A father and son are striving to survive a wilderness that used to be a country that used to be the most prosperous nation on earth. All that is left is ash, floating and falling when the wind chooses not to breathe. This is the setting of The Road, a journey of survival only Cormac McCarthy could envision.
McCarthy carves this world in a harsh, stark lyricism reserved for those who speak unflinching prophecy. Both the father and son are surrounded by a nightmare and are frightened by others when they sleep. They are always starving, always cautiously alert, only having a grocery cart with a few blankets and a gun with two bullets, either to protect against the cannibalistic humanity following their tracks or for the father to finish their lives before despair consumes them both.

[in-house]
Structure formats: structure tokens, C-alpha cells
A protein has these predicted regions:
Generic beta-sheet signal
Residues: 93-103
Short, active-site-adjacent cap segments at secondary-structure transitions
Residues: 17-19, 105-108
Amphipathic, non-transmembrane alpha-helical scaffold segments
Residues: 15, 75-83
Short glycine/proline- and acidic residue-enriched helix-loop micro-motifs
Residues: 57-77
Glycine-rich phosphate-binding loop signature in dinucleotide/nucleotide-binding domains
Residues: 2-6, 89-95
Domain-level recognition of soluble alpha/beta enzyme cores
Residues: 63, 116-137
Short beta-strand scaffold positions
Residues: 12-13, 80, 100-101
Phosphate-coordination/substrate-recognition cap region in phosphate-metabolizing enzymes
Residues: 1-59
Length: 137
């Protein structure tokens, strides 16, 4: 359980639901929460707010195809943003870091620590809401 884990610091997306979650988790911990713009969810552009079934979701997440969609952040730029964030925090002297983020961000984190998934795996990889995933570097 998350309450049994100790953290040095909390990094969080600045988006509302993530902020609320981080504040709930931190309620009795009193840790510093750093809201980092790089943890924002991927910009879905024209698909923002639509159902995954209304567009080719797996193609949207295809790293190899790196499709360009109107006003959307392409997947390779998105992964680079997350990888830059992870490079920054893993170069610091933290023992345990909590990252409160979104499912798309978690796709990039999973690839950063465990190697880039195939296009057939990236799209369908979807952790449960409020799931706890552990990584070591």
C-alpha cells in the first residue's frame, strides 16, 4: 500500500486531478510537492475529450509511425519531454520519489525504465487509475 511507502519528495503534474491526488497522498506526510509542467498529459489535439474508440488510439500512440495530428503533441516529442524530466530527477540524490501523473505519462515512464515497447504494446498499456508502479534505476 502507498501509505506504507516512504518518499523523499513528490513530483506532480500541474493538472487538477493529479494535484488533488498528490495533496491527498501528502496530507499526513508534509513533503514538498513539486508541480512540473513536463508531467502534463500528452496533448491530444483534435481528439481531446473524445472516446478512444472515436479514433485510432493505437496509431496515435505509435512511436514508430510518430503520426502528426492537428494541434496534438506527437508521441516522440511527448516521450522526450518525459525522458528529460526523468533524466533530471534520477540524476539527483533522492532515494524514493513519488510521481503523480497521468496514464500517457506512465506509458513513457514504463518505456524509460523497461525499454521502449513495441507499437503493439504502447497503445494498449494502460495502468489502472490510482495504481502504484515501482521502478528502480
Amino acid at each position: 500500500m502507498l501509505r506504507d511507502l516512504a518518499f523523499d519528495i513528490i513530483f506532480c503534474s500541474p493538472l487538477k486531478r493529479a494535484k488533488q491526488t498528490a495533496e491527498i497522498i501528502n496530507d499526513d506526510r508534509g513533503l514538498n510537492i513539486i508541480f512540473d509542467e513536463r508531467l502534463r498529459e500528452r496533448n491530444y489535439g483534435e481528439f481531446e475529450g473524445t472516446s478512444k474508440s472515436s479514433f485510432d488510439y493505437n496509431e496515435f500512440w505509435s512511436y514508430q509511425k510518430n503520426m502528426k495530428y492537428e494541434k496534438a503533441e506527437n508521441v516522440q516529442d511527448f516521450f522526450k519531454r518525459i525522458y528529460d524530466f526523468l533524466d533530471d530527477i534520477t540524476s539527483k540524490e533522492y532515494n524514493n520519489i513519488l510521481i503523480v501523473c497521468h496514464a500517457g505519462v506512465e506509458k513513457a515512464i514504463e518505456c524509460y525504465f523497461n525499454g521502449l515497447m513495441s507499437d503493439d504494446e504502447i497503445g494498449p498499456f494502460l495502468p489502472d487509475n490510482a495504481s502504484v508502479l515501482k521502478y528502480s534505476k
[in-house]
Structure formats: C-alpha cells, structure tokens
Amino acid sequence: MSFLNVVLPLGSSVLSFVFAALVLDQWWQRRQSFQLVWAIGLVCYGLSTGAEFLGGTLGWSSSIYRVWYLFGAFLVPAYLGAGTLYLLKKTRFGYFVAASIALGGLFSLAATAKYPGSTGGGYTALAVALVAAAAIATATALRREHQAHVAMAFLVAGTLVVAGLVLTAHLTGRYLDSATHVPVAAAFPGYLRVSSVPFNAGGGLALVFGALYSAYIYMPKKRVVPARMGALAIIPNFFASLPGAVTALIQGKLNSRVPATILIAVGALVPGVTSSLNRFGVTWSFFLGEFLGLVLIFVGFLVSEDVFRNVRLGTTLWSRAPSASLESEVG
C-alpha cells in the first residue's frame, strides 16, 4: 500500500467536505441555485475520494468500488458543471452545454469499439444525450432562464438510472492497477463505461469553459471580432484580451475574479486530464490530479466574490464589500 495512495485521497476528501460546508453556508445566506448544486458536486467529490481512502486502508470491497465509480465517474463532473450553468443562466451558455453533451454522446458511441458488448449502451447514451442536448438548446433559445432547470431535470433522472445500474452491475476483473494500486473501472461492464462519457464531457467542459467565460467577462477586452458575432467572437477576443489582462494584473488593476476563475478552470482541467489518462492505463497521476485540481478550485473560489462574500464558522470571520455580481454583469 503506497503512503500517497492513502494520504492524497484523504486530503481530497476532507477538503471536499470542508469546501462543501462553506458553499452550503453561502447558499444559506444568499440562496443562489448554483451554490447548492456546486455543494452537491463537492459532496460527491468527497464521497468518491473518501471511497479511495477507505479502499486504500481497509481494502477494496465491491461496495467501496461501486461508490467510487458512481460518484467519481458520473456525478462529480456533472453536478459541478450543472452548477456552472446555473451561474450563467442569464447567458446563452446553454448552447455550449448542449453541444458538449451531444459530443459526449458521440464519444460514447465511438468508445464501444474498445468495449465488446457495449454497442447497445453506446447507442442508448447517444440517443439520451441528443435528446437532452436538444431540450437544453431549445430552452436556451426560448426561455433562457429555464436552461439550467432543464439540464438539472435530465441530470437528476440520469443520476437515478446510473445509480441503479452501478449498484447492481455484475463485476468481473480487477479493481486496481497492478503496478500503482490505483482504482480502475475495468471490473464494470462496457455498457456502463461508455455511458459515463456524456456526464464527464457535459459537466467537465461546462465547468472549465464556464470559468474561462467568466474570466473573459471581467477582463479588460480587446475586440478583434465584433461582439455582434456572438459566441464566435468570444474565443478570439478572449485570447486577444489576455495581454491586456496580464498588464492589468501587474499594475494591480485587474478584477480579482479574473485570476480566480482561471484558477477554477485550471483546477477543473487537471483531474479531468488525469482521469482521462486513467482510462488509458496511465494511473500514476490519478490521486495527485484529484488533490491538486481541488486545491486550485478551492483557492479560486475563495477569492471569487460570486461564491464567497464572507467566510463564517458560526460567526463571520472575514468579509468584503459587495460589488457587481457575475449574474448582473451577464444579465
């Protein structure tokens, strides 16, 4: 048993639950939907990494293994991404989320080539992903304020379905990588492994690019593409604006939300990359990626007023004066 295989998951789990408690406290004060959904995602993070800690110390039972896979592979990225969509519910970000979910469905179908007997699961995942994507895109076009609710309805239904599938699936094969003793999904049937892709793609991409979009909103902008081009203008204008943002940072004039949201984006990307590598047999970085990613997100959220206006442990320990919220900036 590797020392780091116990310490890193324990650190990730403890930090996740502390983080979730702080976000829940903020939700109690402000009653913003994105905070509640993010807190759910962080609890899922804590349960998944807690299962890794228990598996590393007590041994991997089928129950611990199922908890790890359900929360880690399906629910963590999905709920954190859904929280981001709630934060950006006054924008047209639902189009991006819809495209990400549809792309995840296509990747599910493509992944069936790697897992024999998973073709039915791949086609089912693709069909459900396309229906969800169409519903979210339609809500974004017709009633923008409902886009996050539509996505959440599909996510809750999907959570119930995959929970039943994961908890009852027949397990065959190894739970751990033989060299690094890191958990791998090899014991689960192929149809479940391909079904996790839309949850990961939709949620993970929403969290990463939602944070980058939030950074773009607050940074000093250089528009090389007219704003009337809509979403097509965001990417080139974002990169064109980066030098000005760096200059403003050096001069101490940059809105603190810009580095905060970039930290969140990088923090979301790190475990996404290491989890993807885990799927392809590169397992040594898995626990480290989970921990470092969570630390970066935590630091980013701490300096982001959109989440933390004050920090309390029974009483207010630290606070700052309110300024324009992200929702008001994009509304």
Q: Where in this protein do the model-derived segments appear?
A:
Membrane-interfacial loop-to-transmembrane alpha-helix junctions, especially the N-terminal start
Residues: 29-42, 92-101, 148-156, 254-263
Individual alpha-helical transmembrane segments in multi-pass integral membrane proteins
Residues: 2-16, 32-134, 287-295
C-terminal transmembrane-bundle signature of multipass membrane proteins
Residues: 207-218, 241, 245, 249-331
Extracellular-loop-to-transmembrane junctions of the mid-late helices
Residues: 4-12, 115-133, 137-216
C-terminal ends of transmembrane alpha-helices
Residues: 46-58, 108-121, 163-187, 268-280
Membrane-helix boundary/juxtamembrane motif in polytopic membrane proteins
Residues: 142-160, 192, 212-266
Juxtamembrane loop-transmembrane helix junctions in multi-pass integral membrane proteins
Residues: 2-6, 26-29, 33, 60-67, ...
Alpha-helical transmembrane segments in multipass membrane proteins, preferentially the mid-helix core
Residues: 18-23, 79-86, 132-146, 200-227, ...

As they journey to the coast in search of something, the father tells the boy it is better to have nightmares because when you start dreaming, you know the end is near. McCarthy allows the reader to dream for them, striving on with them until a conclusion that whispers, under the pain and futility, of a sovereignty that is older than the destruction ever looming in the world.
The Road is a brutally astonishing work.
The focus of the reviews for The Road will be based upon the overview questions that have been covered up to the point of the designated reading assignment.